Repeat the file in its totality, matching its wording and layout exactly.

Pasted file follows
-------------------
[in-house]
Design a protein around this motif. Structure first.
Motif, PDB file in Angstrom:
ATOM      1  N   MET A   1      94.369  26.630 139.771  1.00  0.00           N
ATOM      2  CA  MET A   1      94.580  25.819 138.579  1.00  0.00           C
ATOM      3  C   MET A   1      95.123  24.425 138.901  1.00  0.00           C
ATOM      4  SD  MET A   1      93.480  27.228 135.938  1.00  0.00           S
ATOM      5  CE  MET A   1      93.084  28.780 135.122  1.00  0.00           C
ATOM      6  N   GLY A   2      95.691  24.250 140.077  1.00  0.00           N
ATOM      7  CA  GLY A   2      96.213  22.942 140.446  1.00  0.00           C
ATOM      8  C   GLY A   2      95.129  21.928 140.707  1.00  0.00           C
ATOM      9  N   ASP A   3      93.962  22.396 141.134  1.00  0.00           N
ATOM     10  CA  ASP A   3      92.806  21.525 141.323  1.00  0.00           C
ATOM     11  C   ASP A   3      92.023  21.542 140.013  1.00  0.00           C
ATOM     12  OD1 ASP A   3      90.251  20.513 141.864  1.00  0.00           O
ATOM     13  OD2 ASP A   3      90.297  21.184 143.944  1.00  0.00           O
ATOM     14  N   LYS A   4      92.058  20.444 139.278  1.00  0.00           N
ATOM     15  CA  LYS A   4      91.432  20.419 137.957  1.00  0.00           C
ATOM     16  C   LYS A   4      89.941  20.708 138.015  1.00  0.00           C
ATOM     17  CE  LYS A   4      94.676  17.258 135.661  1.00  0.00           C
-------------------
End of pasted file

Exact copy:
[in-house]
Design a protein around this motif. Structure first.
Motif, PDB file in Angstrom:
ATOM      1  N   MET A   1      94.369  26.630 139.771  1.00  0.00           N
ATOM      2  CA  MET A   1      94.580  25.819 138.579  1.00  0.00           C
ATOM      3  C   MET A   1      95.123  24.425 138.901  1.00  0.00           C
ATOM      4  SD  MET A   1      93.480  27.228 135.938  1.00  0.00           S
ATOM      5  CE  MET A   1      93.084  28.780 135.122  1.00  0.00           C
ATOM      6  N   GLY A   2      95.691  24.250 140.077  1.00  0.00           N
ATOM      7  CA  GLY A   2      96.213  22.942 140.446  1.00  0.00           C
ATOM      8  C   GLY A   2      95.129  21.928 140.707  1.00  0.00           C
ATOM      9  N   ASP A   3      93.962  22.396 141.134  1.00  0.00           N
ATOM     10  CA  ASP A   3      92.806  21.525 141.323  1.00  0.00           C
ATOM     11  C   ASP A   3      92.023  21.542 140.013  1.00  0.00           C
ATOM     12  OD1 ASP A   3      90.251  20.513 141.864  1.00  0.00           O
ATOM     13  OD2 ASP A   3      90.297  21.184 143.944  1.00  0.00           O
ATOM     14  N   LYS A   4      92.058  20.444 139.278  1.00  0.00           N
ATOM     15  CA  LYS A   4      91.432  20.419 137.957  1.00  0.00           C
ATOM     16  C   LYS A   4      89.941  20.708 138.015  1.00  0.00           C
ATOM     17  CE  LYS A   4      94.676  17.258 135.661  1.00  0.00           C